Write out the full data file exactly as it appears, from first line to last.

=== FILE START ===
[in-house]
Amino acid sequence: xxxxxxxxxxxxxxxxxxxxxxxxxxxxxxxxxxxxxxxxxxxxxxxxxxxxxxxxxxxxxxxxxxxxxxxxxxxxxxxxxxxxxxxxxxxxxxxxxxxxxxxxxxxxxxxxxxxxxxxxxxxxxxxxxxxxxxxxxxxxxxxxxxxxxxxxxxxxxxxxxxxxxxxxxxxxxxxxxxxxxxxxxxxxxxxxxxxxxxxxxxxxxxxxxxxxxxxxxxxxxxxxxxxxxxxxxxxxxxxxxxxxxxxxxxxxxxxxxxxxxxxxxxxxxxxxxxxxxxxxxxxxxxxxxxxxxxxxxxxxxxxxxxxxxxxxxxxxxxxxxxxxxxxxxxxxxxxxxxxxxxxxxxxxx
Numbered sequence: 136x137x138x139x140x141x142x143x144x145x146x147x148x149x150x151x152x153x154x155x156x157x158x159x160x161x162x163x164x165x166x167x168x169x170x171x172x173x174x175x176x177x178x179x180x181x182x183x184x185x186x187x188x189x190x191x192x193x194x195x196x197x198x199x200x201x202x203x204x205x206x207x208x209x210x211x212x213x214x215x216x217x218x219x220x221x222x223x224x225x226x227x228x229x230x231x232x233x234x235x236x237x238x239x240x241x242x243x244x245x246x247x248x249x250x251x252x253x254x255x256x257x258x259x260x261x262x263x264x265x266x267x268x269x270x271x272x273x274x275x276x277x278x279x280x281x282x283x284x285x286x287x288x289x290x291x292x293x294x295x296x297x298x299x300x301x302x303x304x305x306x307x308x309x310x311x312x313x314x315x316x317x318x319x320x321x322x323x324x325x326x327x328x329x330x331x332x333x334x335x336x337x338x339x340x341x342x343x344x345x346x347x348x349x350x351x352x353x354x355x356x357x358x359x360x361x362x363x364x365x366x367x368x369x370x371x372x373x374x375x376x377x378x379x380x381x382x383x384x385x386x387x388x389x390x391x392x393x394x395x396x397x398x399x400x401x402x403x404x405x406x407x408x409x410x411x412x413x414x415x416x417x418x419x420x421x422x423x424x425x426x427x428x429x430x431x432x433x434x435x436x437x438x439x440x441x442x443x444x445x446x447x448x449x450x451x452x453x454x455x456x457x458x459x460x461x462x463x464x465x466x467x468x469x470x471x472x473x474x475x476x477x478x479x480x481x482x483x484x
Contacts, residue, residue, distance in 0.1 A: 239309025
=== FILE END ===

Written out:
[in-house]
Amino acid sequence: xxxxxxxxxxxxxxxxxxxxxxxxxxxxxxxxxxxxxxxxxxxxxxxxxxxxxxxxxxxxxxxxxxxxxxxxxxxxxxxxxxxxxxxxxxxxxxxxxxxxxxxxxxxxxxxxxxxxxxxxxxxxxxxxxxxxxxxxxxxxxxxxxxxxxxxxxxxxxxxxxxxxxxxxxxxxxxxxxxxxxxxxxxxxxxxxxxxxxxxxxxxxxxxxxxxxxxxxxxxxxxxxxxxxxxxxxxxxxxxxxxxxxxxxxxxxxxxxxxxxxxxxxxxxxxxxxxxxxxxxxxxxxxxxxxxxxxxxxxxxxxxxxxxxxxxxxxxxxxxxxxxxxxxxxxxxxxxxxxxxxxxxxxxxx
Numbered sequence: 136x137x138x139x140x141x142x143x144x145x146x147x148x149x150x151x152x153x154x155x156x157x158x159x160x161x162x163x164x165x166x167x168x169x170x171x172x173x174x175x176x177x178x179x180x181x182x183x184x185x186x187x188x189x190x191x192x193x194x195x196x197x198x199x200x201x202x203x204x205x206x207x208x209x210x211x212x213x214x215x216x217x218x219x220x221x222x223x224x225x226x227x228x229x230x231x232x233x234x235x236x237x238x239x240x241x242x243x244x245x246x247x248x249x250x251x252x253x254x255x256x257x258x259x260x261x262x263x264x265x266x267x268x269x270x271x272x273x274x275x276x277x278x279x280x281x282x283x284x285x286x287x288x289x290x291x292x293x294x295x296x297x298x299x300x301x302x303x304x305x306x307x308x309x310x311x312x313x314x315x316x317x318x319x320x321x322x323x324x325x326x327x328x329x330x331x332x333x334x335x336x337x338x339x340x341x342x343x344x345x346x347x348x349x350x351x352x353x354x355x356x357x358x359x360x361x362x363x364x365x366x367x368x369x370x371x372x373x374x375x376x377x378x379x380x381x382x383x384x385x386x387x388x389x390x391x392x393x394x395x396x397x398x399x400x401x402x403x404x405x406x407x408x409x410x411x412x413x414x415x416x417x418x419x420x421x422x423x424x425x426x427x428x429x430x431x432x433x434x435x436x437x438x439x440x441x442x443x444x445x446x447x448x449x450x451x452x453x454x455x456x457x458x459x460x461x462x463x464x465x466x467x468x469x470x471x472x473x474x475x476x477x478x479x480x481x482x483x484x
Contacts, residue, residue, distance in 0.1 A: 239309025